You should see the following info regarding your Canopy set up:

# Added by Canopy installer on 2016-01-12
# VIRTUAL_ENV_DISABLE_PROMPT can be set to '' to make bashprompt show that Canopy is active, otherwise 1
VIRTUAL_ENV_DISABLE_PROMPT=1 source '/Users/waismoradi/Documents/CanopyEnthought/User/bin/activate'

Just delete or comment out with -> # the last line and you are all set! This will disable the env prompt to show up when you launch terminal.

Properly Uninstalling Canopy Python Installation from Linux , Motivation for this blog post: I had downloaded Canopy at the insistence of the instructors of MIT's introductory course on computer science  I have the same issue. I installed Enthought Canopy on Mac OS 10.8.3 and then installed Theano with pip. Numpy v1.6.1 and scipy v 0.11.0. Previously I had the pkg python distribution on my system (but scipy would test with many failures), now with EPD scipy does better.

EarthRef.org -- PmagPy Cookbook, If you are using Z shell instead of bash (which is the new default for Mac starting with If you installed Canopy Python at any point, make sure you uninstall it first. -sav saves the plots silently and quits the program the GUI is there to provide relevant warnings about aspects of the current specimen and  Linux Installation¶. First download a Linux installer from the Canopy download page.. For almost all users, the Standard Installers are the best choice. Full installers are only intended for shared or offline installations which will not be updated after installation.

[PDF] SciPy Reference Guide - Numpy and Scipy, #10395: Remove warning about output shape of zoom #8568: BUG: Fixes Bland's Rule for pivot row/leaving variable, closes… #3505: scipy.linalg.lstsq() residual's help text is a lil strange #6961: Scipy contains shebang pointing to /​usr/bin/python and /bin/bash… #3654: Changing EPD to Canopy. On Mac OS and Linux systems, Canopy does this by appending a line to your ~/.bash_profile file which activates the correct virtual environment. On Windows, this Python environment is also added to the system registry so third-party tools can correctly find it. Since we use virtual environments, the installation layout for Canopy is different.

Enthought Company Culture, Learn about Enthought's culture, see what work's like, read reviews, and find job You can check this article for a new Canopy version, or check the current  To automatically set these proxy environment variables after configuring your Canopy proxy, you can make one more change in the same Preferences ==> Network tab. Set "Pass these proxy settings to terminal and ipython" to "Yes", then press OK. Then close any Canopy Command Prompt or Canopy Terminal Windows, quit Canopy, and restart Canopy.

Comments
  • I believe unthought modifies your bash_profile file. What are the contents of that file under your home directory?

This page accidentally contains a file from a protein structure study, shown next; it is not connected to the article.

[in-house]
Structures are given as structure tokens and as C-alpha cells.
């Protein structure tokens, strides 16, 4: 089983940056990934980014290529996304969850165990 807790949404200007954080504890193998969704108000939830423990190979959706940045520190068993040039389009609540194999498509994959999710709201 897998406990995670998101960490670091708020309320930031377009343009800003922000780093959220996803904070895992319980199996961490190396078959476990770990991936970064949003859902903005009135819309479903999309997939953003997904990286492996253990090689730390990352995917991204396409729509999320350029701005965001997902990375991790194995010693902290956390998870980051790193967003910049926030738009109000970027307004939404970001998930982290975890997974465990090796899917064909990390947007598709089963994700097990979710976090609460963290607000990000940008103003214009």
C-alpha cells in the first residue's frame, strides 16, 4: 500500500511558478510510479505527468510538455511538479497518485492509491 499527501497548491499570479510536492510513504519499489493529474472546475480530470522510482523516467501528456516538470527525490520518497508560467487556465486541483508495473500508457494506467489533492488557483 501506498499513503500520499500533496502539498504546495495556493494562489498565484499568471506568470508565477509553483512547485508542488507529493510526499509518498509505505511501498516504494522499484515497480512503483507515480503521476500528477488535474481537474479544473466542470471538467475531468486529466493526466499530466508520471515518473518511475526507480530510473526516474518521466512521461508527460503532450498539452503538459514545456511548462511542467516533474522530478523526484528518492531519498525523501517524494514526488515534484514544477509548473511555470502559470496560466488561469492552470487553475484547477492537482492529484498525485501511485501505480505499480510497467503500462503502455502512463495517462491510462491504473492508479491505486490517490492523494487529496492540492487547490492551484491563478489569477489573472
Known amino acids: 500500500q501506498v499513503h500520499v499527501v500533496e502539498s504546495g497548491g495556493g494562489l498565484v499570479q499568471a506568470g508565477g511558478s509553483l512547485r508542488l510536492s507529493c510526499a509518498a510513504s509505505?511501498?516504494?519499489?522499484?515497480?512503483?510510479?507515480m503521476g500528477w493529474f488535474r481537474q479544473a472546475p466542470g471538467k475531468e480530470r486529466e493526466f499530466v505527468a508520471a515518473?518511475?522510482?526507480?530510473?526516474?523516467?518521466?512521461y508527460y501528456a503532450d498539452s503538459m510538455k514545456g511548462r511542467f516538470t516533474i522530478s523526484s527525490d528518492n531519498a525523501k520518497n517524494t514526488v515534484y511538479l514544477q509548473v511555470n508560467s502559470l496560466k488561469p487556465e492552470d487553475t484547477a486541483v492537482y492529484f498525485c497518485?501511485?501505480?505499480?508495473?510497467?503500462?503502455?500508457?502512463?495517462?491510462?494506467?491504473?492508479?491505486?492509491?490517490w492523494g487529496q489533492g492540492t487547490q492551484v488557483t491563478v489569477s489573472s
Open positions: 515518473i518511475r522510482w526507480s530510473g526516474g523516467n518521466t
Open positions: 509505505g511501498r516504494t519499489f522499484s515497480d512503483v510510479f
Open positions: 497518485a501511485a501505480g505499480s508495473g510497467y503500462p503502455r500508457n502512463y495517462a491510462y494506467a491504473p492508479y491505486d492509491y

• There's nothing in there. :(
  • @deepak: Actually, .bash_profile doesn't make sense for this, as it's only run on login shells, not on child-process shells within the same interactive session; works great for updating environment variables, but not so much for shell functions -- and the activate script defines a shell-function deactivate, so it wouldn't work properly if sourced from .bash_profile. More likely is .bashrc.
  • In Mac OS X, all new terminal windows start login shells by default, as the terminal emulator itself was not started from a login shell.
  • A full restart shouldn't be necessary for this to take effect -- remove the lines, and it should be effective the immediate next time a Terminal window or other shell is opened.
  • One other quibble -- there should be a space between source and /Users; otherwise, this wouldn't work even when Canopy was correctly installed.
  • Thanks for pointing out the missing space! Also, I didn't think the restart would be necessary, but that advice came directly from the Enthought support file. I didn't try it before the restart.
  • Maybe try the same command but with .profile instead of .bash_profile:open -a TextEdit .profile
  • This might be helpful too, if you haven't seen it already: support.enthought.com/entries/23580651-Uninstalling-Canopy
  • Maybe I'm not understanding you, but when I run this line in my terminal, I end up running from "bash-3.2"? Is that line 3 in .bashrc or what does that mean?
  • There should be rather a lot of other output before it gets to that point. Look through that other output -- somewhere in it will be the error message; see exactly what is before and after the error.
  • You don't even get the activate: No such file or directory message in this case? Curious; I can't reproduce that behavior.